One of the first efforts like this was when we read Trumpet of the Swan. My fourth grader traced the swan’s travels across the US and back. We had visited Boston and lived near New York, and it was fun to imagine Louis’ adventures so close to where we had been! Now we rarely let a book go by without at least locating the places it describes on our world map (hung prominently in our study area) or in an atlas (if we are on the road ourselves!). Often, we drop everything and spend a few hours doing some kind of mapping related to the reading.
I’ve had a good time using our computer graphics program “Print Artist” to create professional-looking printed maps to accompany book reports and research papers. This program allows us to select one state or country and highlight it, or cut and paste several into a regional map of our choice. We can then trace where people traveled, or main events which took place, and include a brief descriptive paragraph beside the map.
One on-going project we’ve done in fifth and sixth grade has been to make a list of all geographic land or water terms mentioned in our reading. We define these terms and sometimes illustrate a group of them. It’s interesting to see the same terms showing up in very different books—like about tropical islands and climbing mountains in Switzerland!
Out of Africa
Right now we are doing an Africa unit (sixth grade). Along with learning all the countries in Africa, with capitals added in for good measure, we’re heavy into other geographical pursuits! We’re mapping the locations of early empires in West Africa, each in relation to “our” country, Senegal. We mark things like the ancient trade routes and people-group migrations over the centuries and add illustrations of trade items and historically relevant information.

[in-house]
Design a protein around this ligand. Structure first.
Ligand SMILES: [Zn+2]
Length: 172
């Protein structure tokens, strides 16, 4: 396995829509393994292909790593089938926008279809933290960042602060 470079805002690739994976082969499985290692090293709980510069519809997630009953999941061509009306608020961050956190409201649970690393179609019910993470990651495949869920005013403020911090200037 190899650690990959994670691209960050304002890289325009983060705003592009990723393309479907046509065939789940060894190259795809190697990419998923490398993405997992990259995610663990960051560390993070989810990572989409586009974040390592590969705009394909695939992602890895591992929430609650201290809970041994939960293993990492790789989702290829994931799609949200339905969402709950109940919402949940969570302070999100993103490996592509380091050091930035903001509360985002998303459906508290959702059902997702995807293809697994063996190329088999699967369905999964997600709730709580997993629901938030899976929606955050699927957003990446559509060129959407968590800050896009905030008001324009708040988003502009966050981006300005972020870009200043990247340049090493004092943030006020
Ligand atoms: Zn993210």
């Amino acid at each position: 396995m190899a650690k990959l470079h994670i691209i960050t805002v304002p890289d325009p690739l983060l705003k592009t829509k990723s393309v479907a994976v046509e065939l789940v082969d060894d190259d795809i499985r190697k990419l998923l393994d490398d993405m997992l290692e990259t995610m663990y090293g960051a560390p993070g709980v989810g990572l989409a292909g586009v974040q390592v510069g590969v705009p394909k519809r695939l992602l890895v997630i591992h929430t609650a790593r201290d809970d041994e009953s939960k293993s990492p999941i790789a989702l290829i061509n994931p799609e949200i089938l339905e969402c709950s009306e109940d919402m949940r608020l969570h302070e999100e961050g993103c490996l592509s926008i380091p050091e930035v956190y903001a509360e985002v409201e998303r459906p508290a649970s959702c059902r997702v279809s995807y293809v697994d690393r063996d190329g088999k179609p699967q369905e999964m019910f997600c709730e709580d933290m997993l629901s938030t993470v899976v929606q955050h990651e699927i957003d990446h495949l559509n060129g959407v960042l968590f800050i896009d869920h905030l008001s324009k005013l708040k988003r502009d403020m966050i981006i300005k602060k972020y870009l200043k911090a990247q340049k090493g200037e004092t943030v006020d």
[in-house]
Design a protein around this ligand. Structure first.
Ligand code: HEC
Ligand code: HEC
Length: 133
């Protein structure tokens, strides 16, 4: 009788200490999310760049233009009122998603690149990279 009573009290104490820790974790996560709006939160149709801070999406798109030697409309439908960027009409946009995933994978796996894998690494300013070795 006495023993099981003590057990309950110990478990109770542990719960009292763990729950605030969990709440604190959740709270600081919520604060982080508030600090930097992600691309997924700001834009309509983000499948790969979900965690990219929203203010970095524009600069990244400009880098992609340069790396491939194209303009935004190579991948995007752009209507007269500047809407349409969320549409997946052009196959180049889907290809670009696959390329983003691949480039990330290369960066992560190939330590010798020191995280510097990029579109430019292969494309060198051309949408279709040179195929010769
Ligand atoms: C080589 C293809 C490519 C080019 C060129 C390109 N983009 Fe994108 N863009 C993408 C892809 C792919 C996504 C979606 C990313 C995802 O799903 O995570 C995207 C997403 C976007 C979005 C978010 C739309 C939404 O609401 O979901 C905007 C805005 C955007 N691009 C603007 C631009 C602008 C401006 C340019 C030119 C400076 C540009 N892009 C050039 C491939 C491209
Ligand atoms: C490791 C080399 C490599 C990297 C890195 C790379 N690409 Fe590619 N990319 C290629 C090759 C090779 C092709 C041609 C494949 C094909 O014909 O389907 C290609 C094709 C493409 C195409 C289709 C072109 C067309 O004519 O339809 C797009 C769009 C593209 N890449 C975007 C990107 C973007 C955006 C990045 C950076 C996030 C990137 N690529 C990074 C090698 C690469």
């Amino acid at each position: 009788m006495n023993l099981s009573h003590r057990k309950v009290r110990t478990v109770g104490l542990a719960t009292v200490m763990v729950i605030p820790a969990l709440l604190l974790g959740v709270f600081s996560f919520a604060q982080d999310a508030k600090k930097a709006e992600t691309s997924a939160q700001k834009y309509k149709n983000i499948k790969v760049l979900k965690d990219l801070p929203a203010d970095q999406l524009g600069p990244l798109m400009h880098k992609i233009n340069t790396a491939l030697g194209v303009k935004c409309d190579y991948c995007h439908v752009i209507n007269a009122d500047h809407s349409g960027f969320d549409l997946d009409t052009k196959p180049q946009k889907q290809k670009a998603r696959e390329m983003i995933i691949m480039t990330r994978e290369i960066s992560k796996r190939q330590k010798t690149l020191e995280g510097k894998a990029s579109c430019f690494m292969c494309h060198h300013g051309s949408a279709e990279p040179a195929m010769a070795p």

We’ve done topographical, ecological zone, natural resources, and political maps of Senegal. We also enjoyed looking through an atlas just about Senegal (Atlas Jeune Afrique) which had several dozen different types of maps! We’ve located and mapped sites of prehistoric communities and other archaeological digs. We are starting a master map now of where the characters of each book we’ve read for the unit lived or traveled (including several books of folklore, two biographies, an ecological study of Lake Nakuru in Kenya, and several fictions).
Just a note about all these maps. I have found that the more maps we make, the merrier! Don’t skimp and try to cover too much information on one map, especially with younger children. To save on photocopies, we often trace our own maps which in itself makes us more aware of the boundaries we are talking about.
Is it all worth it? Well, I must confess I did use the incentive of performing well in an upcoming home-school geography event to encourage my son to hang in there with those African names! And he does pursue Carmen until he can earn the detective title!
But, I think it goes way beyond that. The pay off comes when we can pray intelligently for Rwanda and Burundi, knowing where they are. Or we find a stamp in our collection from “Katanga” and know during which brief period in history this newly independent state issued stamps (Do you know that one?!). Or, despite having lived most of their lives in Africa, our sons can discuss China’s lay of the land with the family of a Chinese friend, as we celebrate Chinese New Year with them (as we did this past weekend). Yes, I think it’s definitely worth it! Once you get into geography though, the only word of caution I’d offer is—watch out! You may be having so much fun, you don’t want to go to other things!